It is in the above-described sense that urbanism is akin to computational substrates resembling cellular automata (Wolfram 2002; Salingaros 2012). Suburbia represents one extreme, an amnesiac non-computational state in which the ‘fast dynamics’ — flows of urban energy generated by social and economic activity — remain detached from the ‘slow dynamics’ of the urban fabric. These are brittle substrates: they take tremendous energy to create or change and cannot, therefore, adapt in response to small fluctuations accumulating through time. Conversely, granular urban substrates and the ensuing complexity and unpredictability that unfolds therein represents a computational state through the lens of complex adaptive systems, wherein “the fast dynamics of the flows are successfully coupled to the slow dynamics of long-term adaptation and evolution” (Holland 1995, p.166). This slow-fast coupling of information allows the feedback over time between the urban substrate — the mix and intensities of land-uses — and the flows of ‘energy’ that unfold through these spaces, thus permitting co-evolution to an edge of chaos wherein streets, neighbourhoods, and districts compete to seek-out and harness the flows and their endless permutations evolving through time.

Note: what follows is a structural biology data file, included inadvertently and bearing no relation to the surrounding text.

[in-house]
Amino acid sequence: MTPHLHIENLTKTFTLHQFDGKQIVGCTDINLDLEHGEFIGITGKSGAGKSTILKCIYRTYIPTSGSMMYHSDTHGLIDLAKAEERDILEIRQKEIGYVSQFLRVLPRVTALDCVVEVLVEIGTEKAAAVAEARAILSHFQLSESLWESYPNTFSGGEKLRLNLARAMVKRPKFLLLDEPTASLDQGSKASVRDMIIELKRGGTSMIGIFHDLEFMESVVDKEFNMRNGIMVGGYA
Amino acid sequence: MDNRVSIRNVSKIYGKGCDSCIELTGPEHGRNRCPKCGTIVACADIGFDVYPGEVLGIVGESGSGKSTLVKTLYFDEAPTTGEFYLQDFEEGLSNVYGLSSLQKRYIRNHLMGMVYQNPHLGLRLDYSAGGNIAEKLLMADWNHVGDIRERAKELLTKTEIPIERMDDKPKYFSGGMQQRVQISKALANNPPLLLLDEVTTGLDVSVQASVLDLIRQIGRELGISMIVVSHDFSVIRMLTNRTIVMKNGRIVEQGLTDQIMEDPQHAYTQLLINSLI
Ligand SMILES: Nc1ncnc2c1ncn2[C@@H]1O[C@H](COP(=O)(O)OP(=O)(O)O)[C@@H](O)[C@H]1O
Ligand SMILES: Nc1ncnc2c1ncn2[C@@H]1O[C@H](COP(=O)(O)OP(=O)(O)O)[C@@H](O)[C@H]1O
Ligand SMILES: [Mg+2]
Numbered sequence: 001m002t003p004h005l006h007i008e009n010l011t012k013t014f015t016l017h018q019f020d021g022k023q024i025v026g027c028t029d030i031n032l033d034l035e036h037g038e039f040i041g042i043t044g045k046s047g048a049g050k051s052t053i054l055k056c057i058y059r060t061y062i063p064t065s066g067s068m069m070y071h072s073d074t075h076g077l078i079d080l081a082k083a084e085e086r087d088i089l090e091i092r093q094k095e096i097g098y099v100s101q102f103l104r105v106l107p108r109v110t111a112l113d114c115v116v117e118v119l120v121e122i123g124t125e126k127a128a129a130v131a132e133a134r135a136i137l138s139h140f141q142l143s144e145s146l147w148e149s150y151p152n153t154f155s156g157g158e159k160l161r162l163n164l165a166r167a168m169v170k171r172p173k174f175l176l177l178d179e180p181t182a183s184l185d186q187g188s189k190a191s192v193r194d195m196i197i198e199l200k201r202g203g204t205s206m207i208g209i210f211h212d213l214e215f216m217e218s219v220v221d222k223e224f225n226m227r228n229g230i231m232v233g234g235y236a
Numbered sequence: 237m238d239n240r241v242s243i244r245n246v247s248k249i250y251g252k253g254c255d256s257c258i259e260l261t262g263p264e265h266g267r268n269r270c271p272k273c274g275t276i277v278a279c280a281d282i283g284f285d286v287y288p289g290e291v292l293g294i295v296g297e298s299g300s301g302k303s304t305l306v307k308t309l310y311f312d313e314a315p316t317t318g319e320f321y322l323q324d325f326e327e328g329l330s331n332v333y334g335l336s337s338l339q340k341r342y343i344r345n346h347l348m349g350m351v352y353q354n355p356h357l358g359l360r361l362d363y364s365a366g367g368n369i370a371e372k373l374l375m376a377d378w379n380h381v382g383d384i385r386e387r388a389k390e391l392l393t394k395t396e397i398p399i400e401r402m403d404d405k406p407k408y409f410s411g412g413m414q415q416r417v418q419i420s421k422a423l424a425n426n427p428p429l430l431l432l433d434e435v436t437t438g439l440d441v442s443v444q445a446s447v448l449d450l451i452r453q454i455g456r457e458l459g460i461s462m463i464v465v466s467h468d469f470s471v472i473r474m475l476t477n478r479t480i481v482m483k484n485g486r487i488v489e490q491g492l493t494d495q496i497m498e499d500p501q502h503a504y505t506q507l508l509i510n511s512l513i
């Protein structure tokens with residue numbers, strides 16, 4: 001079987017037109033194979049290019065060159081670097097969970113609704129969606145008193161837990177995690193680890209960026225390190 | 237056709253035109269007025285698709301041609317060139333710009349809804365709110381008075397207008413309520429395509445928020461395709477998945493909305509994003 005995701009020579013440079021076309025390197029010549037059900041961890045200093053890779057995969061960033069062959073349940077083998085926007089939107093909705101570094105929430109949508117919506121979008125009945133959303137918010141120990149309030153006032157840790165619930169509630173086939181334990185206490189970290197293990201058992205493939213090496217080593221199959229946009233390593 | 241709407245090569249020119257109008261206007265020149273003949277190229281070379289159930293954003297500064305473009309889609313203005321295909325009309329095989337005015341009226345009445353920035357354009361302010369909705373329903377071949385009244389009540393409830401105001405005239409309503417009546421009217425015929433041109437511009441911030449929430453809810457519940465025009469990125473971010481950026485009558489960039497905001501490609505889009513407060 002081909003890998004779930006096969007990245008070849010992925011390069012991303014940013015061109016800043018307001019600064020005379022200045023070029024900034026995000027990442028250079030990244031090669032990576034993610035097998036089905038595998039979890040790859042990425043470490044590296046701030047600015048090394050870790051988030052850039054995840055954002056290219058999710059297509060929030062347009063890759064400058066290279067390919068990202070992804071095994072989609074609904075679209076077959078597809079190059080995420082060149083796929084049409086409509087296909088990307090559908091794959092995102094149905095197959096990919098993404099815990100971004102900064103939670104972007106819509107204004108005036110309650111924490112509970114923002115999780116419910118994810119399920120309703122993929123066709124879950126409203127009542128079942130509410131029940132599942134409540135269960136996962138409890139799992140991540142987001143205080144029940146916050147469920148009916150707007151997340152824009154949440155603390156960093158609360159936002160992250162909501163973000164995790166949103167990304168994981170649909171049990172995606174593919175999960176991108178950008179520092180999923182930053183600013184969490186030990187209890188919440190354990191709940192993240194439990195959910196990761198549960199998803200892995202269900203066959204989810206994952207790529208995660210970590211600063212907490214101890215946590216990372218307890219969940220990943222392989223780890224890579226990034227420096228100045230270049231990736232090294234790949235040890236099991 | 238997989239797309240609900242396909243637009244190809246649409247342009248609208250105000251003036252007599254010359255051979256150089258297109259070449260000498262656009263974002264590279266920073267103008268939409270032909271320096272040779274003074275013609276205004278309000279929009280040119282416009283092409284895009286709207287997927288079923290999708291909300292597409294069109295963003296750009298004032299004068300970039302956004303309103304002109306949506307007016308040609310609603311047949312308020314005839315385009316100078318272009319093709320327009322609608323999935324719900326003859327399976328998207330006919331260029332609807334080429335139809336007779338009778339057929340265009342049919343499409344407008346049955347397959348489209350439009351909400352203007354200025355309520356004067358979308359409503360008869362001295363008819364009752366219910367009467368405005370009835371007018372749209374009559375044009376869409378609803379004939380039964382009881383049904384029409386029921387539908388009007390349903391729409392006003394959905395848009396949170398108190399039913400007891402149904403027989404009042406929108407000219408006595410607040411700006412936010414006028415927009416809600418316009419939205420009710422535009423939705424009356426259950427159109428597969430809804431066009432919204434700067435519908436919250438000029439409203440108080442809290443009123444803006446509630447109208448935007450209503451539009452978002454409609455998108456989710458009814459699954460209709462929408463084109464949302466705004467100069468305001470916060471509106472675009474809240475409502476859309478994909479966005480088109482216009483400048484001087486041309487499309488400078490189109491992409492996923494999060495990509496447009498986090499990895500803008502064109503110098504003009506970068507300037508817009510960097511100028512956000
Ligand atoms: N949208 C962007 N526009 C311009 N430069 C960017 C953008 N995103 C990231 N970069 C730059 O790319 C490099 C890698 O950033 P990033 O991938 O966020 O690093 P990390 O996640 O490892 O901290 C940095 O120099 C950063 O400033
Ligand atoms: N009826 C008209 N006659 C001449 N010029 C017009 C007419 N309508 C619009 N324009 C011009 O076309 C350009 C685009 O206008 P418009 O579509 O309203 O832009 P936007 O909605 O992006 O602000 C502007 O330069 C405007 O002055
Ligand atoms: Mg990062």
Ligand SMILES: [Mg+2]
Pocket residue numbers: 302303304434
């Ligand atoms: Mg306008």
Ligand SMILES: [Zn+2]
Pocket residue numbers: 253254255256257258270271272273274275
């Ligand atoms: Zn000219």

If applied judiciously, complexity theories offer a means to bridge the sometimes disjointed qualitative and quantitative approaches towards cities (Portugali 2012). Notably, a complex systems lens provides a substantive theoretical basis underpinning qualitative interpretations of urbanism while providing a link to the quantitative methods further developed in this work. Street network centrality methods derived from network science and mixed-use measures derived from information theories are here explicitly interpreted as proxies for potentially complex cascades of interactions to unfold across a given urban substrate.